The village of Neubergthal has enjoyed one of its busiest summer tourist seasons on record.
Well over a thousand people have toured the National Historic Site over these past few months to get a first hand look at one of the best-preserved single street Mennonite villages in North America.
Several homes and house barns have been restored to their original appearance over the past few years. One of the biggest projects, the old Klippenstein house barn, was completed this year and renamed the Commons Barn.
Shaun Friesen, chair of the Neubergthal Heritage Foundation, says that structure has generated a lot of interest from visitors.
"It really increased our traffic. We had approximately 1,500 visitors this year which dovetailed nicely with some of the small workshops we held ... in which people could tie in everything from bread baking, darning, mending, poetry nights, story nights. It was meaningful to everyone who was there."
The Commons Barn is a timber frame building that was one of the original structures erected in the village. Originally built near Steinbach when Mennonites first came to Canada, the barn was disassembled and rebuilt in its present location when some families moved to the West Reserve located west of the Red River where there was better farmland.
"We feel it is a very unique facility because it was moved sometime in the 1880's and reassembled in Neubergthal. In our efforts to restore it, we managed to save and showcase all of the original posts and beams, so people can look at something that, to my knowledge, has not happened anywhere else in the West Reserve. There are lots of stories of Mennonites moving things, but not from the East Reserve to the West Reserve," said Friesen.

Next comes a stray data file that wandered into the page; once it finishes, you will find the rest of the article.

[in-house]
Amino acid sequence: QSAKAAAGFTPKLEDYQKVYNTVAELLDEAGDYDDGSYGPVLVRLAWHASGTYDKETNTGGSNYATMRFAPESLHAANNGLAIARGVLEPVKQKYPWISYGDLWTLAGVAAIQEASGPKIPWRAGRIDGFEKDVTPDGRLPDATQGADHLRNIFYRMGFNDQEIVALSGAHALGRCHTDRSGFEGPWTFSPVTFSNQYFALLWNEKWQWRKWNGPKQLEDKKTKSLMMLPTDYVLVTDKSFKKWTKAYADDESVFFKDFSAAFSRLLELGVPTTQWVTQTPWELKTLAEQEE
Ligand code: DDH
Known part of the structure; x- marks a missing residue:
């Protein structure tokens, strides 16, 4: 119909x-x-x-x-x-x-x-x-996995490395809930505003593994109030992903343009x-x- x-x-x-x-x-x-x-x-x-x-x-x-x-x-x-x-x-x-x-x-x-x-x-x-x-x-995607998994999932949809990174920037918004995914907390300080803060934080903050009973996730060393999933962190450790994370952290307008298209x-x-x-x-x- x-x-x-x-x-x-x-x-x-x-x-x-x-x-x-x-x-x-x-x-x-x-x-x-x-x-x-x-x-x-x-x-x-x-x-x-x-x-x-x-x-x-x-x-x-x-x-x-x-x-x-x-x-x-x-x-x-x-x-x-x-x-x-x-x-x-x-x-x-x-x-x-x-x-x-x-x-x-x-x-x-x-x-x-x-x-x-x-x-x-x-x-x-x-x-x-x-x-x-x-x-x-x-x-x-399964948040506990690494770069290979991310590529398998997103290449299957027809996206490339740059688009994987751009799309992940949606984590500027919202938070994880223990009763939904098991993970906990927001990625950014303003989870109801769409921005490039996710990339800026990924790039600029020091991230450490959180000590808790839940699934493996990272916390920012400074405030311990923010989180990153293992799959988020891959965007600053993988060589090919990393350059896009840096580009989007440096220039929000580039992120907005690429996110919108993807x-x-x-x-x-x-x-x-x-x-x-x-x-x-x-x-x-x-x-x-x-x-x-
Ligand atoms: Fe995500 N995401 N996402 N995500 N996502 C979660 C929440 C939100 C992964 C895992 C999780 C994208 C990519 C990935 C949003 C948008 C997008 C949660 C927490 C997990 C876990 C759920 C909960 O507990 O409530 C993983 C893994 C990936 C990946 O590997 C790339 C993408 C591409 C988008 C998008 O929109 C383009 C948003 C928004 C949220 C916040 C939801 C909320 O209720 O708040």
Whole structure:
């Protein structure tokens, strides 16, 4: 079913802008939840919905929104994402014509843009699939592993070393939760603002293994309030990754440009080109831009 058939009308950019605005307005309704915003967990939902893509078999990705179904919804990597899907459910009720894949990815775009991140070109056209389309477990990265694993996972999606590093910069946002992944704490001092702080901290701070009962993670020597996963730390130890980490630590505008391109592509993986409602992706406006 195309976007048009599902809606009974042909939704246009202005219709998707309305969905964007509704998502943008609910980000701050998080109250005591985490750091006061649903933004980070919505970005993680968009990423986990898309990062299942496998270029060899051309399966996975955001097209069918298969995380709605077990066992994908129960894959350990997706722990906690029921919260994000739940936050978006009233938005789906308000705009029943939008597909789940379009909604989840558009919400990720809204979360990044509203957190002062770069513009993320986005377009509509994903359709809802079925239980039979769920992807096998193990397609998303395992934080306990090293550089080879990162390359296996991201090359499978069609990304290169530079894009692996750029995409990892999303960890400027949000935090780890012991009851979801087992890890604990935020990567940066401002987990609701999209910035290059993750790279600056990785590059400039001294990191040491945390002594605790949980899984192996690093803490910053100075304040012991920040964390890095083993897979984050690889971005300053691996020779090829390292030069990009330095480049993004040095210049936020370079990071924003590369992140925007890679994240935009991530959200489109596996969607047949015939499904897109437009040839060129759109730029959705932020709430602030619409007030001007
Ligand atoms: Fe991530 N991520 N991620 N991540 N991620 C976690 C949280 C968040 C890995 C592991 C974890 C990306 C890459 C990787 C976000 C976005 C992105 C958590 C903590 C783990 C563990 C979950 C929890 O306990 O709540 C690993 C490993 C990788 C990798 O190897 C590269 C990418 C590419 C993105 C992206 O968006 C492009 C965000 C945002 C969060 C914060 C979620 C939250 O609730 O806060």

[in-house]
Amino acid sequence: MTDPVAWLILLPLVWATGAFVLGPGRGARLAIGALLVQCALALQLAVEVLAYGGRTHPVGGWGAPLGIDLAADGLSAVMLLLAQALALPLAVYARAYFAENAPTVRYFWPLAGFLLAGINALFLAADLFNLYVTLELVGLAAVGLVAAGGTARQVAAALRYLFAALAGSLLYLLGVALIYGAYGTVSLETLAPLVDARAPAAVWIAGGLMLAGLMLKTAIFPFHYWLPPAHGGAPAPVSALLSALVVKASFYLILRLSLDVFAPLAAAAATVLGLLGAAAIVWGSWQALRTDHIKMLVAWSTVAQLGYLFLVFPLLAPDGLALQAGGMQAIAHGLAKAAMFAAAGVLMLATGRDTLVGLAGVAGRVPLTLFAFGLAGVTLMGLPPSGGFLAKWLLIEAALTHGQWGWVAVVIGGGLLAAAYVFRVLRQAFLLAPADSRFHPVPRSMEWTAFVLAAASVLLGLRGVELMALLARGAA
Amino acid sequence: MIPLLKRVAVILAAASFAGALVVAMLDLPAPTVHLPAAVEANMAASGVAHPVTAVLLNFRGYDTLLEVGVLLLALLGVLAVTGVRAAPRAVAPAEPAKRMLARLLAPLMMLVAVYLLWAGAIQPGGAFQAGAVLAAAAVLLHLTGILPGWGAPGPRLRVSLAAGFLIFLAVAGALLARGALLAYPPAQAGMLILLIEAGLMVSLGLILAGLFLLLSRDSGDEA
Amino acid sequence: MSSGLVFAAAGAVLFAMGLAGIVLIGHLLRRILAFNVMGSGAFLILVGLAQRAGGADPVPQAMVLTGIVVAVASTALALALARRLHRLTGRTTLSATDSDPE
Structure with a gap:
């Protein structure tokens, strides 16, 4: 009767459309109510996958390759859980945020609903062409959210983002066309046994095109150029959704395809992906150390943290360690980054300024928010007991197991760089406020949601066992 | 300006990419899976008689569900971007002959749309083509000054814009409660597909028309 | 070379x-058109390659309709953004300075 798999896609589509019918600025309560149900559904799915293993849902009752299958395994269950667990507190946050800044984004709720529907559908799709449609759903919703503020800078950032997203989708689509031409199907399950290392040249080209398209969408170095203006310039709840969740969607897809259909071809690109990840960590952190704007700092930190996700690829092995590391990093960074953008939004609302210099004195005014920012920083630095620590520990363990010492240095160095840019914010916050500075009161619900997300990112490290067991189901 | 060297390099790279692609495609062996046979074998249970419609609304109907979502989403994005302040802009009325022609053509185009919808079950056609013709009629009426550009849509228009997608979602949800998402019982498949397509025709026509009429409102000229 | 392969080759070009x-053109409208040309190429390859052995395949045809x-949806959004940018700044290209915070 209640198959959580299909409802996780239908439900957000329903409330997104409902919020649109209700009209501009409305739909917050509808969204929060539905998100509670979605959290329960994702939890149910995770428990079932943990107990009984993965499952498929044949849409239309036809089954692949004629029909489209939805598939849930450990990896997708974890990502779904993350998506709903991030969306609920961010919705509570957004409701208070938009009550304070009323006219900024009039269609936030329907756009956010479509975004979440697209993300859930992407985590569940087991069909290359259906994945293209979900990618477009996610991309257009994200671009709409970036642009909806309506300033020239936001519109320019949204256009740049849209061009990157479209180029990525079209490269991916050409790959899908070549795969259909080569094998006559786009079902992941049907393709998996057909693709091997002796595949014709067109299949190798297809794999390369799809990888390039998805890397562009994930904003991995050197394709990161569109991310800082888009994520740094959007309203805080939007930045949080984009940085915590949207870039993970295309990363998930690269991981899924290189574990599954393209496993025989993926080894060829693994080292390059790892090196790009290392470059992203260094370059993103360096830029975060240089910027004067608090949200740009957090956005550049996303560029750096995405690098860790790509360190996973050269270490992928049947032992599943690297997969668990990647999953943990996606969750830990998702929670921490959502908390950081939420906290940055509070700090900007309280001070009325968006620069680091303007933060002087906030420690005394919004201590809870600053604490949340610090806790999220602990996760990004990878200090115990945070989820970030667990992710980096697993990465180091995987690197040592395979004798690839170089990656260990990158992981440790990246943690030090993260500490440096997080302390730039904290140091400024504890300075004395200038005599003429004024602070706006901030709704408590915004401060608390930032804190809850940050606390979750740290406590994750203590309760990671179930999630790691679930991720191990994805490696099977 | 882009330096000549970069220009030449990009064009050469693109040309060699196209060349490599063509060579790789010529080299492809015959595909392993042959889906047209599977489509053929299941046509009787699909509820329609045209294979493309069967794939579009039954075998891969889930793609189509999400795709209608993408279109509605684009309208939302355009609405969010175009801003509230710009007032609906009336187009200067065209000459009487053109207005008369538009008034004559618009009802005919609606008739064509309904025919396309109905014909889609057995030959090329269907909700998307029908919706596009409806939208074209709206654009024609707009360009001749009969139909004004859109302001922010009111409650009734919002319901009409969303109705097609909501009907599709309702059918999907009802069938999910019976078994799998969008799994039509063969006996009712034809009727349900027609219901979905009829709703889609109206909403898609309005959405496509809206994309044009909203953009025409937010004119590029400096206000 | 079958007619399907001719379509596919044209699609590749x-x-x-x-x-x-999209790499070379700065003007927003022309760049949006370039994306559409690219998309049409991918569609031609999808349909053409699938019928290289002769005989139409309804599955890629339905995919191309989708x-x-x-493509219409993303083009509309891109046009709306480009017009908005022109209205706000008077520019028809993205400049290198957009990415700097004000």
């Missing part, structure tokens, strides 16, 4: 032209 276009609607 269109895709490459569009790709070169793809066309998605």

The exterior of the Commons Barn has been restored to its original appearance, and the interior functions as a large multipurpose space to host visiting groups, events, and the community.
Friesen notes that, while the newly restored Commons Barn has been a very popular attraction, other buildings like the Altbergthal school have also created a buzz.
"We've had a huge resurgence of interest in the school. People who have come to tour the Commons Barn have also asked for a tour of the school too. So, we offer tour packages that also include the school, the H.F Hamm house, and just down the road there's the Friesen House Barn Interpretive Centre, and people are interested in all of them. We've had kids as young as ten posting a video on YouTube of what it was like for them as they walked through the Friesen housebarn."
Heritage Canada, in its description of Neubergthal, says "the heritage value of the community rests in the distinctive settlement forms resulting from Mennonite traditions of community development and architectural forms that express a belief in an egalitarian, communal and self-sufficient social structure."
Friesen says the next restoration project will focus on the house that the Commons Barn is connected to.
"People have been extremely interested in the Klippenstein house which we now date from 1907. It has some amazing painted floors which will be refurbished and restored down the line somewhere. As soon as we finishing paying for the Commons Barn restoration, the house will be our next big push which will be the final piece to tie it altogether."